My Sweet Compostable you

Here’s a great article from BioCycle magazine about the impressive increase in compostable packaging products that are available to restaurateurs and grocers who want to green up their operations and to individuals who want to green up their homes. This may be the most thorough and informative article written for a general audience that I’ve seen yet but if you’re not interested in all the technical details of different compostable materials, let me share one idea from the piece that caught my eye.

Buzz Chandler, President of Asean, a manufacturer of compostable products, is quoted in the article as saying, “…when something goes to a landfill, it’s being sealed in a mummy’s tomb where nothing goes away.”

Uh-huh. So true. And he’s not just talking about Styrofoam here; he’s talking about his own (and everyone’s) compostable products.

So when your favorite restaurant is conscientious enough to hand you your leftovers in a cardboard carryout, take the box home and compost it, for gosh sakes. If you throw it away, it goes to the landfill, “that mummy’s tomb,” forever. Even though it might not leach poisons into the earth, air and waterways the way Styrofoam does, it takes up space on the planet that nothing else can now use. Forever.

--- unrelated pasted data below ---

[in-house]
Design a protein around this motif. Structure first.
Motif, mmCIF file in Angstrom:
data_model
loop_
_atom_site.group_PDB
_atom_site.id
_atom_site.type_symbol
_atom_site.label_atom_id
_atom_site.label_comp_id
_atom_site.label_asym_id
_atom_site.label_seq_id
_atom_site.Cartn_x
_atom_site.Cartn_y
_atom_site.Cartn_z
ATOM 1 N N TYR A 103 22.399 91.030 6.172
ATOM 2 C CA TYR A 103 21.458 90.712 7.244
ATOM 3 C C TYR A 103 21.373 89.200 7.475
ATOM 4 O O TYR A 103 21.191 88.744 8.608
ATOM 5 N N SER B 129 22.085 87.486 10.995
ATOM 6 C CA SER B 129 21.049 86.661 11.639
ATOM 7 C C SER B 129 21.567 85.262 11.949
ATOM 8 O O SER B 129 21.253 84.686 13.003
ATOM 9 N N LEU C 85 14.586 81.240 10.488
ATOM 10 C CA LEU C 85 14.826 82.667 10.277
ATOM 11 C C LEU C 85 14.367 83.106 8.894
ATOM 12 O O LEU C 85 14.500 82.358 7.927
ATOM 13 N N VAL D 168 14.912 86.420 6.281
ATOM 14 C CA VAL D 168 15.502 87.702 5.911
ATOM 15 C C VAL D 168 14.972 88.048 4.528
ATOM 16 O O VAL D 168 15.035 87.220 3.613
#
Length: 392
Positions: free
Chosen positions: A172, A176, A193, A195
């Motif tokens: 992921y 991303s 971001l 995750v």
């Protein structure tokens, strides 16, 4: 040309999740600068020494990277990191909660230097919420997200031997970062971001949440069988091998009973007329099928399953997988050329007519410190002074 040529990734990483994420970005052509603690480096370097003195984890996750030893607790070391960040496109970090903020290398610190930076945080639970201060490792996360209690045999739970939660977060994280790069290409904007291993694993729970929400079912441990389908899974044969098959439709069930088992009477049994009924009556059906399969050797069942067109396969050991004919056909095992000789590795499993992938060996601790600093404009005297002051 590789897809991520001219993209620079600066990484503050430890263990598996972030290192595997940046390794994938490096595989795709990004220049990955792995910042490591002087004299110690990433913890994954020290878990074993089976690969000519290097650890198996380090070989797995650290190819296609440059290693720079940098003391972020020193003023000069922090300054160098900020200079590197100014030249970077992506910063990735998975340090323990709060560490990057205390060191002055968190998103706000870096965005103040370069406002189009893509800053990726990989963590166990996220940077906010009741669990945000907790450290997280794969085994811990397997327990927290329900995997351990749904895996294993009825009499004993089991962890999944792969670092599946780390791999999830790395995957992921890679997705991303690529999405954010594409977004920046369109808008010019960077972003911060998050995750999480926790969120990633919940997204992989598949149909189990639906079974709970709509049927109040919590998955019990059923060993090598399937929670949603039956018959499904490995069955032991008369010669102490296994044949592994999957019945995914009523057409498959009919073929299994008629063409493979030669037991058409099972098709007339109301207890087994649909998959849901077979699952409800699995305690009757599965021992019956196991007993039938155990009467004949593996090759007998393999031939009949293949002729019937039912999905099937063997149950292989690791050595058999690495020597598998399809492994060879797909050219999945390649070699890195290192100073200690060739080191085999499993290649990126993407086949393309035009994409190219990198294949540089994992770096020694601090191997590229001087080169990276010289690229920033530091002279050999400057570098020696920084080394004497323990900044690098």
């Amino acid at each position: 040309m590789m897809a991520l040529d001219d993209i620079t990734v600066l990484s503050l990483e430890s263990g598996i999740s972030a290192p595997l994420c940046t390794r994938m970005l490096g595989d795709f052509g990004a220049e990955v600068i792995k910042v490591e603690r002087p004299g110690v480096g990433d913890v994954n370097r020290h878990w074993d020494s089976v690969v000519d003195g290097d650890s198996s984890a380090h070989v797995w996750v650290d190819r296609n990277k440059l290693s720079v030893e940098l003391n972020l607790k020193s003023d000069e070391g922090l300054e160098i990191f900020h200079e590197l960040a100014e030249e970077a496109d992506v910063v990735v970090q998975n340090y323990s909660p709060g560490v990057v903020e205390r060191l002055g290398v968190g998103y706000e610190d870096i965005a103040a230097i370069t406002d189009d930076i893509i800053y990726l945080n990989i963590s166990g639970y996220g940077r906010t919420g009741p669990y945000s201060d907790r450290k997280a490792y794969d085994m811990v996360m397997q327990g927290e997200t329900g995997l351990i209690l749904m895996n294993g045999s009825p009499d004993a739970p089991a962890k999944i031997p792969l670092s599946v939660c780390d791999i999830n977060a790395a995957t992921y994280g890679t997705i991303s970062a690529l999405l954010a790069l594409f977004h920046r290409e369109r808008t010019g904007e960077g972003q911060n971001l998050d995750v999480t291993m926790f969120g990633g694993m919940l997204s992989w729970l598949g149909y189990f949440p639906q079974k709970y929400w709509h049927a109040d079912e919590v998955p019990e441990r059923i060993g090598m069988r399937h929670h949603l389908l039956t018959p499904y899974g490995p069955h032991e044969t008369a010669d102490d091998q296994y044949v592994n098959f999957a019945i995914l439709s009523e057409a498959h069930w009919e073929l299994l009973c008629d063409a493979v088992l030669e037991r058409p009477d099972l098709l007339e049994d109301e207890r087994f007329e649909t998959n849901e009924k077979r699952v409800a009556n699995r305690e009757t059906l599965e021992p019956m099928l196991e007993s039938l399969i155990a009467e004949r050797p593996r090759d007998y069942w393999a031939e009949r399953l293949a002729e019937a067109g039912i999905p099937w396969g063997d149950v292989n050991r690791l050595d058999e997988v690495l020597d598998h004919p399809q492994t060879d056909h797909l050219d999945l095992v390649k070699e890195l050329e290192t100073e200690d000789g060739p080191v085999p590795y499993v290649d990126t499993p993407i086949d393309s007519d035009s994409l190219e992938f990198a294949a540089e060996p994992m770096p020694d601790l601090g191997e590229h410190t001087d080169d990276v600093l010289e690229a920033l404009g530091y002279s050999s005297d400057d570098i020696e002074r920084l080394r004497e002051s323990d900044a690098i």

I told you I would get back to you and let you know if the bioplastic bags I got at Return to Eden actually composted in my barrel. I emptied out the compost last weekend and the bags were still there, fresh and new as the day they were born. They didn’t look a bit like they had spent the last two months in the dark with a bunch of garbage, whirling around in the leaves and peelings on the mornings I got up early enough to turn the barrel before work and then actually remembered to do it, getting squirted with the garden hose and nibbled on by micro-organisms. You’d think they’d show a little wear and tear.

I’m not saying that bags like these won’t compost in a commercial composting operation, but the chances that they’ll ever actually make it to one are extremely small. Taking reusable bags to the grocery with you, and reusable containers to the restaurant for leftovers, is far and away the best route for earth angels to take.

But if you do end up with compostable products that won’t  compost in your pile (biobags, indeed!) or if (god forbid) you don’t have a compost pile, you can find a commercial facility near you by clicking here on

Then take your stuff there and turn it in to good old reusable dirt. Don’t let it stake a claim on a piece of real estate that could have better things to do than hang out with a bunch of trash.

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